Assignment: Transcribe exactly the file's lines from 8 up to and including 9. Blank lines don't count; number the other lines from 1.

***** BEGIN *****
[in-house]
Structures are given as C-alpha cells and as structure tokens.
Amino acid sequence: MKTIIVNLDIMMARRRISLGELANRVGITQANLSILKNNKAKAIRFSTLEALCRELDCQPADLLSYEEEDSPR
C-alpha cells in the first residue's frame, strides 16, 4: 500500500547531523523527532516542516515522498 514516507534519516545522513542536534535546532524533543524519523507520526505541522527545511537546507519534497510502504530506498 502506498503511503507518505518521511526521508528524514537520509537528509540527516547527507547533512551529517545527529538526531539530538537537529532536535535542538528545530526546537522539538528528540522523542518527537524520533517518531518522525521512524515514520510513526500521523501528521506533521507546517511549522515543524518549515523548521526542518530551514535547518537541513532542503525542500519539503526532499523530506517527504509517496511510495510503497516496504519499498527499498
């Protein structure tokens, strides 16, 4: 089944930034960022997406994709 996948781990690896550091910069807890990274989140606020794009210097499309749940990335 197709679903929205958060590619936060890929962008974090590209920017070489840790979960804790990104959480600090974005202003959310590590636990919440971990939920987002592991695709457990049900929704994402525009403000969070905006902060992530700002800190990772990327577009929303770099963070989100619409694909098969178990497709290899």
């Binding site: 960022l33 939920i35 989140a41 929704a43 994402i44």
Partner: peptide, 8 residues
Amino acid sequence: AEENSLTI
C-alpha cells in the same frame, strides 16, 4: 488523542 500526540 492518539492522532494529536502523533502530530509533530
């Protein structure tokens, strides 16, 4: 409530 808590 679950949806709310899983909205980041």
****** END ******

Amino acid sequence: AEENSLTI
C-alpha cells in the same frame, strides 16, 4: 488523542 500526540 492518539492522532494529536502523533502530530509533530